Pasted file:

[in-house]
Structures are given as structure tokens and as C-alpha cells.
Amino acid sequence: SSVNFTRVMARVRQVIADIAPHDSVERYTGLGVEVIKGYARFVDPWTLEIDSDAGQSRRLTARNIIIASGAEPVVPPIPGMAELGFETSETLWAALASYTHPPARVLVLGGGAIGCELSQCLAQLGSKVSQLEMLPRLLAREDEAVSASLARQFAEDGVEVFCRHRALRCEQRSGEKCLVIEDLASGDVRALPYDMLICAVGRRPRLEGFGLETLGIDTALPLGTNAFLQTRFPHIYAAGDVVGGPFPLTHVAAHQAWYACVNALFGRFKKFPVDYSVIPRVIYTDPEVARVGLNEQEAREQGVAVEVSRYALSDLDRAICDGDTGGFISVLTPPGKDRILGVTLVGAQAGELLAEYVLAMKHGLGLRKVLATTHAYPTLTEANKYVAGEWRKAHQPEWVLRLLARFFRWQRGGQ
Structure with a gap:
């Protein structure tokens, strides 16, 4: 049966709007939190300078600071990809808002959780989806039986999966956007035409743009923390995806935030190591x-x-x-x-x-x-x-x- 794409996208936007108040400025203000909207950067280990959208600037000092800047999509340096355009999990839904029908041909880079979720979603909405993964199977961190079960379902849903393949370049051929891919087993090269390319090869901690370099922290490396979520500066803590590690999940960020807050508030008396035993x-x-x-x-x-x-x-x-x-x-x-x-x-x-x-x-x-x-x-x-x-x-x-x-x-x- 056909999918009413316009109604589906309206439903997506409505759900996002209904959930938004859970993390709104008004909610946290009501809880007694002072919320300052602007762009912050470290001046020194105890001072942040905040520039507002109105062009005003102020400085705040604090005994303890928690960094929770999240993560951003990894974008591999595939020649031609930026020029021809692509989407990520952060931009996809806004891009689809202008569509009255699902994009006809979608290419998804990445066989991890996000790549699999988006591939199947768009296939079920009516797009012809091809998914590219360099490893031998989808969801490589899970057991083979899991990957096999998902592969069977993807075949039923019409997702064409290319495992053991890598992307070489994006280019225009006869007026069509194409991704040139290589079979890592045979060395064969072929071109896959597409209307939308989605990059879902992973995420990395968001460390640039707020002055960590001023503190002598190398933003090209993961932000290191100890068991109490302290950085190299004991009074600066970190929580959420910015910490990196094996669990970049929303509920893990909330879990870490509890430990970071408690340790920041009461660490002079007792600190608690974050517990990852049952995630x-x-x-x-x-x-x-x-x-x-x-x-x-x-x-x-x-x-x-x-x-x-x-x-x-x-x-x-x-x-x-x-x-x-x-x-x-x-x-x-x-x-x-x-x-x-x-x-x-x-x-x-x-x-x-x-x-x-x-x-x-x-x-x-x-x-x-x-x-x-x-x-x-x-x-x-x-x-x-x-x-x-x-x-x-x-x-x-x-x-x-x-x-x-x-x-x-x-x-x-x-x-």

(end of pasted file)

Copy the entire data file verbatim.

[in-house]
Structures are given as structure tokens and as C-alpha cells.
Amino acid sequence: SSVNFTRVMARVRQVIADIAPHDSVERYTGLGVEVIKGYARFVDPWTLEIDSDAGQSRRLTARNIIIASGAEPVVPPIPGMAELGFETSETLWAALASYTHPPARVLVLGGGAIGCELSQCLAQLGSKVSQLEMLPRLLAREDEAVSASLARQFAEDGVEVFCRHRALRCEQRSGEKCLVIEDLASGDVRALPYDMLICAVGRRPRLEGFGLETLGIDTALPLGTNAFLQTRFPHIYAAGDVVGGPFPLTHVAAHQAWYACVNALFGRFKKFPVDYSVIPRVIYTDPEVARVGLNEQEAREQGVAVEVSRYALSDLDRAICDGDTGGFISVLTPPGKDRILGVTLVGAQAGELLAEYVLAMKHGLGLRKVLATTHAYPTLTEANKYVAGEWRKAHQPEWVLRLLARFFRWQRGGQ
Structure with a gap:
């Protein structure tokens, strides 16, 4: 049966709007939190300078600071990809808002959780989806039986999966956007035409743009923390995806935030190591x-x-x-x-x-x-x-x- 794409996208936007108040400025203000909207950067280990959208600037000092800047999509340096355009999990839904029908041909880079979720979603909405993964199977961190079960379902849903393949370049051929891919087993090269390319090869901690370099922290490396979520500066803590590690999940960020807050508030008396035993x-x-x-x-x-x-x-x-x-x-x-x-x-x-x-x-x-x-x-x-x-x-x-x-x-x- 056909999918009413316009109604589906309206439903997506409505759900996002209904959930938004859970993390709104008004909610946290009501809880007694002072919320300052602007762009912050470290001046020194105890001072942040905040520039507002109105062009005003102020400085705040604090005994303890928690960094929770999240993560951003990894974008591999595939020649031609930026020029021809692509989407990520952060931009996809806004891009689809202008569509009255699902994009006809979608290419998804990445066989991890996000790549699999988006591939199947768009296939079920009516797009012809091809998914590219360099490893031998989808969801490589899970057991083979899991990957096999998902592969069977993807075949039923019409997702064409290319495992053991890598992307070489994006280019225009006869007026069509194409991704040139290589079979890592045979060395064969072929071109896959597409209307939308989605990059879902992973995420990395968001460390640039707020002055960590001023503190002598190398933003090209993961932000290191100890068991109490302290950085190299004991009074600066970190929580959420910015910490990196094996669990970049929303509920893990909330879990870490509890430990970071408690340790920041009461660490002079007792600190608690974050517990990852049952995630x-x-x-x-x-x-x-x-x-x-x-x-x-x-x-x-x-x-x-x-x-x-x-x-x-x-x-x-x-x-x-x-x-x-x-x-x-x-x-x-x-x-x-x-x-x-x-x-x-x-x-x-x-x-x-x-x-x-x-x-x-x-x-x-x-x-x-x-x-x-x-x-x-x-x-x-x-x-x-x-x-x-x-x-x-x-x-x-x-x-x-x-x-x-x-x-x-x-x-x-x-x-």